Colleges and universities are seeing more mature attacks in which foreign threats are not only stealing and reselling data but also hoping to cause political unrest.

Vince Kellen, CIO for University of California San Diego, says his school “is seeing more activity from sophisticated attackers related to state actors from China, the Middle East and Russia.”

“For the vectors coming from China, the attackers are interested in intellectual property at U.S. universities, including that related to COVID-19 research,” he says.

Kellen also speaks to the rise of fake COVID-related websites. “While these include mostly phishing campaigns in emails, we are also seeing far better fake sites that look just like the commercial website and can trick people into thinking they’re visiting a safe site,” he says.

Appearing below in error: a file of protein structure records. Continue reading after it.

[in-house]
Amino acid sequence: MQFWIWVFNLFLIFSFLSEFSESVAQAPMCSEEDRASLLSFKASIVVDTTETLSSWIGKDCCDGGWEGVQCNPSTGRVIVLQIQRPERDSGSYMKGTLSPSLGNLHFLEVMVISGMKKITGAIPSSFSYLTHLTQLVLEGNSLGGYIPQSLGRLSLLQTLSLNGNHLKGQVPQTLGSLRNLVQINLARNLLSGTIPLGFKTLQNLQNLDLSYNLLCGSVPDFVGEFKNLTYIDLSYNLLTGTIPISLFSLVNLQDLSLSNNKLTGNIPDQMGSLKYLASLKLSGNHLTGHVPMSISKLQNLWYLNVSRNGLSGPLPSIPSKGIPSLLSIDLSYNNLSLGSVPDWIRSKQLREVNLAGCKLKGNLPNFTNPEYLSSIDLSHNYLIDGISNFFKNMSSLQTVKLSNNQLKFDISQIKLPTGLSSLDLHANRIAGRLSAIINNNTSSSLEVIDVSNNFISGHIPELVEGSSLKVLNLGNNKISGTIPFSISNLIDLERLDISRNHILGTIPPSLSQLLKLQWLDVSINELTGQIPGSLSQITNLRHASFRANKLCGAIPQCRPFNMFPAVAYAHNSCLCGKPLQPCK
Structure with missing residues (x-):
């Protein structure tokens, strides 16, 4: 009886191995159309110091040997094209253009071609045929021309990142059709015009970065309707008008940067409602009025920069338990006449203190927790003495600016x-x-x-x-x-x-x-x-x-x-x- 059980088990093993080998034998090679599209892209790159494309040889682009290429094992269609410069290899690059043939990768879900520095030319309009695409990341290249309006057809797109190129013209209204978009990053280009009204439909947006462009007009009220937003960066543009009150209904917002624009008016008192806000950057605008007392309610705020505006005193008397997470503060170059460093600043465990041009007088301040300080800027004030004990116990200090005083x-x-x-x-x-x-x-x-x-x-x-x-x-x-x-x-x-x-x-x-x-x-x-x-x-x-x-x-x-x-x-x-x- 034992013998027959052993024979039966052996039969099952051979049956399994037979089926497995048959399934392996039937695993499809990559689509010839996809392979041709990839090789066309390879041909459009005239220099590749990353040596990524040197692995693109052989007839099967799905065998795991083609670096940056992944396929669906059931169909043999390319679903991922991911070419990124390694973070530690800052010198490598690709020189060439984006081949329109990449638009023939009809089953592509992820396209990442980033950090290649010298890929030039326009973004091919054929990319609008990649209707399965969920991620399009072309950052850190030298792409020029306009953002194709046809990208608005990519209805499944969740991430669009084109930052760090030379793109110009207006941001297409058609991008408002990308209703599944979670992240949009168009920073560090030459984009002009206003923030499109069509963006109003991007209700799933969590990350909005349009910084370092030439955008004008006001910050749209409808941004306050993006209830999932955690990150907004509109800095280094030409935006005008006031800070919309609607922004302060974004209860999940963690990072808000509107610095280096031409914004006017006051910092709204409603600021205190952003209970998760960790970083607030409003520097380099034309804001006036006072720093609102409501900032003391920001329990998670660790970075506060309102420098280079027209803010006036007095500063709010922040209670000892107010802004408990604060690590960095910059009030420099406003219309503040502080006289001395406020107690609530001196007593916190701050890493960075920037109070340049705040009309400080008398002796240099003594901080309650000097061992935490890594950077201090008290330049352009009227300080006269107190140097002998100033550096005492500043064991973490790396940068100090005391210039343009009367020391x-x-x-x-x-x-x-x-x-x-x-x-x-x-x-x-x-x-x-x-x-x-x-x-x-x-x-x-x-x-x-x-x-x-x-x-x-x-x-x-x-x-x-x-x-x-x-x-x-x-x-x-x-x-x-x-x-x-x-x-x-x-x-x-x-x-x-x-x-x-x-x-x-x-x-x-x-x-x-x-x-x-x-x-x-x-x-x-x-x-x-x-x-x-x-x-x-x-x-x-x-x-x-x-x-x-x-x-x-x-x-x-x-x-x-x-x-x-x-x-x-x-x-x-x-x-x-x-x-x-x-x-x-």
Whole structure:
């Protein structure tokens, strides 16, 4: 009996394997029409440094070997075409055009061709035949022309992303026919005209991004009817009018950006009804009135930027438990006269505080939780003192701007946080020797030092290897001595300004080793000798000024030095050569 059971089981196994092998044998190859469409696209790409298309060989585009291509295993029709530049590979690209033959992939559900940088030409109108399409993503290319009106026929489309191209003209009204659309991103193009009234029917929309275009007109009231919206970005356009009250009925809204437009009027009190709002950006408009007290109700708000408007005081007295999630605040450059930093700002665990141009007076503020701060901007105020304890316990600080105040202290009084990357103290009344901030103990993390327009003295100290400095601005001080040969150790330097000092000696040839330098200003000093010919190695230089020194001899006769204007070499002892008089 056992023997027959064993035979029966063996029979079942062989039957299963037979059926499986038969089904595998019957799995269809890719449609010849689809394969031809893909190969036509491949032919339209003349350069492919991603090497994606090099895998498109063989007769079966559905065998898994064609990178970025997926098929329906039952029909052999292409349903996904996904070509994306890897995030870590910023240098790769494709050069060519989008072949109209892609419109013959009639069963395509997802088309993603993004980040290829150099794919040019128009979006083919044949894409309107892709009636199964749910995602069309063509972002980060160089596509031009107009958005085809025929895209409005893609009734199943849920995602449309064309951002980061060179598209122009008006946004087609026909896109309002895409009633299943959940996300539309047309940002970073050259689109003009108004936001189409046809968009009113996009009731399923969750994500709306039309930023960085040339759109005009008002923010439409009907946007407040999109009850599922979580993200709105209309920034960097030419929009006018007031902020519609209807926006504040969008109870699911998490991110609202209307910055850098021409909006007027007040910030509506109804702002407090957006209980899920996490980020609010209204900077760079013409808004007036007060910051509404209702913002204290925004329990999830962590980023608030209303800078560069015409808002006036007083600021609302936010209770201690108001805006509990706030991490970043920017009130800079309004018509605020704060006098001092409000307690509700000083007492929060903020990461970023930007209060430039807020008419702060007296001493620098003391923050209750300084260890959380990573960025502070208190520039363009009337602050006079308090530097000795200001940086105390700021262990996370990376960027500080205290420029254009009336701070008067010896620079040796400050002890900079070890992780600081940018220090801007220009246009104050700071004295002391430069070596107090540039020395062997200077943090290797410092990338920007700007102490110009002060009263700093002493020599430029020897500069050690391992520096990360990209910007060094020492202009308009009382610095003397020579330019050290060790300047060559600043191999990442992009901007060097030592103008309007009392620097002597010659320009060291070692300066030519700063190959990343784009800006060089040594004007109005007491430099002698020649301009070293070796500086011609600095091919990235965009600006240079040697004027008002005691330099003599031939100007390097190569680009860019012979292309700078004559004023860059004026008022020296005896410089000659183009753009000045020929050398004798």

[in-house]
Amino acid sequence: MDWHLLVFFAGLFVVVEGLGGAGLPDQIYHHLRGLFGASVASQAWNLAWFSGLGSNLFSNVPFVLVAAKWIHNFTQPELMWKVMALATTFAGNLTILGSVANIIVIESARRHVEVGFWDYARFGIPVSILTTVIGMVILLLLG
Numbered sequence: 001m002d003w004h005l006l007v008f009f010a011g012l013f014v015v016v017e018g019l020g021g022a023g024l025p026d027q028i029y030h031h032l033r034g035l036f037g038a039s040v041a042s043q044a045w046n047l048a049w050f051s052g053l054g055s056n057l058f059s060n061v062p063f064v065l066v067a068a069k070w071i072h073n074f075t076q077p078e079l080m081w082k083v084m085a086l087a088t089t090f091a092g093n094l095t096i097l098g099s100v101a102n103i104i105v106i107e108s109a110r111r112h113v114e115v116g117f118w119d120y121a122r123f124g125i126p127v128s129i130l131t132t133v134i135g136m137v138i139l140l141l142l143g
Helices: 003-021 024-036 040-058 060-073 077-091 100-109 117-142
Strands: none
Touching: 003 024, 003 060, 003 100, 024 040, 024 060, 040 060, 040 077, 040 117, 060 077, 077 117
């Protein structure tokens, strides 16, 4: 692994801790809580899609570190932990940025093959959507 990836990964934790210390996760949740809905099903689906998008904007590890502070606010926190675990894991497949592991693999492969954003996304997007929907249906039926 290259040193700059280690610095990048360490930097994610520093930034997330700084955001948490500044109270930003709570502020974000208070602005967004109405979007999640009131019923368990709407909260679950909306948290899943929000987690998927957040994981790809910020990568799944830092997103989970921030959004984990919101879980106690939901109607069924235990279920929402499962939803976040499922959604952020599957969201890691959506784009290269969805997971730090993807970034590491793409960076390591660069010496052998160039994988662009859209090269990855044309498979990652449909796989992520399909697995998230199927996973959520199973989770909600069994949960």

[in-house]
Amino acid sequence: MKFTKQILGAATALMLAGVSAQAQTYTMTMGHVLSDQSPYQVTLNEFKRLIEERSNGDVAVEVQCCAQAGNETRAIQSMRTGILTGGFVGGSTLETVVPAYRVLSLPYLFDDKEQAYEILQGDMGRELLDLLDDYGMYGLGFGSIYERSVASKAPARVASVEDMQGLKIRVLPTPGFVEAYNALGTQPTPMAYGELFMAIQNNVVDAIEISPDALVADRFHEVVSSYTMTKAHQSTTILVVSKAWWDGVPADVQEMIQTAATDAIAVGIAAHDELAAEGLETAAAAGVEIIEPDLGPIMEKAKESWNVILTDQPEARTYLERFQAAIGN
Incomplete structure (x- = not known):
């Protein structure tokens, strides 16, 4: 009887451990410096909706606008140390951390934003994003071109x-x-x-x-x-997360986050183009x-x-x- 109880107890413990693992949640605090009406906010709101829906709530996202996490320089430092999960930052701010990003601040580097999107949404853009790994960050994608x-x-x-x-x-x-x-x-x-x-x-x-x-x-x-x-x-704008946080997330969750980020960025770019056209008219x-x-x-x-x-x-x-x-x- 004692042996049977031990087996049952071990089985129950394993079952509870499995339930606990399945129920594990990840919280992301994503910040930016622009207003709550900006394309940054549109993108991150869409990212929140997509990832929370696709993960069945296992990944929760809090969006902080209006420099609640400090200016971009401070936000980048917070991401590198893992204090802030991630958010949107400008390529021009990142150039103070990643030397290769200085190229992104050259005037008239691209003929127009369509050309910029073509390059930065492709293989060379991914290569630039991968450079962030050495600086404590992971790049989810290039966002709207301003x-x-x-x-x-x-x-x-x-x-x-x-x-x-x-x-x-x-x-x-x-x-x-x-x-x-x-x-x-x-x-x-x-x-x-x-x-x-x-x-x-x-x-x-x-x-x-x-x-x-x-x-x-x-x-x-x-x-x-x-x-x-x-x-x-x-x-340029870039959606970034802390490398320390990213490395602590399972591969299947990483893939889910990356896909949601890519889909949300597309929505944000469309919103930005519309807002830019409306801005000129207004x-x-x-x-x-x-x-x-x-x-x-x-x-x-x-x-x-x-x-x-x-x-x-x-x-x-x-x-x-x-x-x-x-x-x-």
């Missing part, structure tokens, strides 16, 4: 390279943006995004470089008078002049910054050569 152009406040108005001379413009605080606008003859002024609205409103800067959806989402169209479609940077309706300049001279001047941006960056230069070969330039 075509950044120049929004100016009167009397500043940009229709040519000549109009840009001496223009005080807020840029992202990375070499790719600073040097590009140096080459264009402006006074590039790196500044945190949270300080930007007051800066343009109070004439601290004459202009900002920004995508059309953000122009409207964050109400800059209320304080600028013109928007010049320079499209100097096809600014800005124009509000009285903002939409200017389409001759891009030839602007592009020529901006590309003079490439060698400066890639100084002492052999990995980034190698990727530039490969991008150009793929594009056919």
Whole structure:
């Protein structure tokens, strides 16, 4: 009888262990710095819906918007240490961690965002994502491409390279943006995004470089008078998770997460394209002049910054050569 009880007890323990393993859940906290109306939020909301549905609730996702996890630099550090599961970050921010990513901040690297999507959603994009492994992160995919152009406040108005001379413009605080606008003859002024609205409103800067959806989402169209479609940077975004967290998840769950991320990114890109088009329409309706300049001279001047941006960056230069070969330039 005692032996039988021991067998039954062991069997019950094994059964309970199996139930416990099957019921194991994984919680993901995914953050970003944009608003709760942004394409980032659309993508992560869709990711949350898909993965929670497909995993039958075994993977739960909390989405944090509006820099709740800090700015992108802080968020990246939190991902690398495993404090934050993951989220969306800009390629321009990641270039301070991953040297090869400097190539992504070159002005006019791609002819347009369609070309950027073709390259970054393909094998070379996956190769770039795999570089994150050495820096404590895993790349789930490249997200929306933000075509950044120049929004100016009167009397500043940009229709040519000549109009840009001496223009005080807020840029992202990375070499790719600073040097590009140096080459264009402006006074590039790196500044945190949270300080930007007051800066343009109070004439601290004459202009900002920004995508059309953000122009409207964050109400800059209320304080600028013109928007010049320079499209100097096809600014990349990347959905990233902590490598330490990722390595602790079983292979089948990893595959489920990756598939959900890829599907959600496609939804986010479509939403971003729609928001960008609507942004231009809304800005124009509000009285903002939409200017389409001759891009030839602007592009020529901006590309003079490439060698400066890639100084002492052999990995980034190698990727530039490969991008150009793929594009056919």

For his part, Kelly offers five recommendations to prevent advanced phishing attacks and other emerging threats, such as Stegosploit:

  • Use shared threat intelligence to stay up to date with steganographic and other emerging threats. Share threat intelligence with your peers.
  • Block known steganographic and fake COVID-themed message traffic.
  • Observe and test for suspected phishing and steganographically obscured malware.
  • Inspect applications and other code that might conceal malicious content.
  • Expedite and prioritize vulnerability patches updates, and policy controls.

MORE ON EDTECH: See how IT and university leaders are getting on the same page.

How to Address the COVID-19 Attention Deficit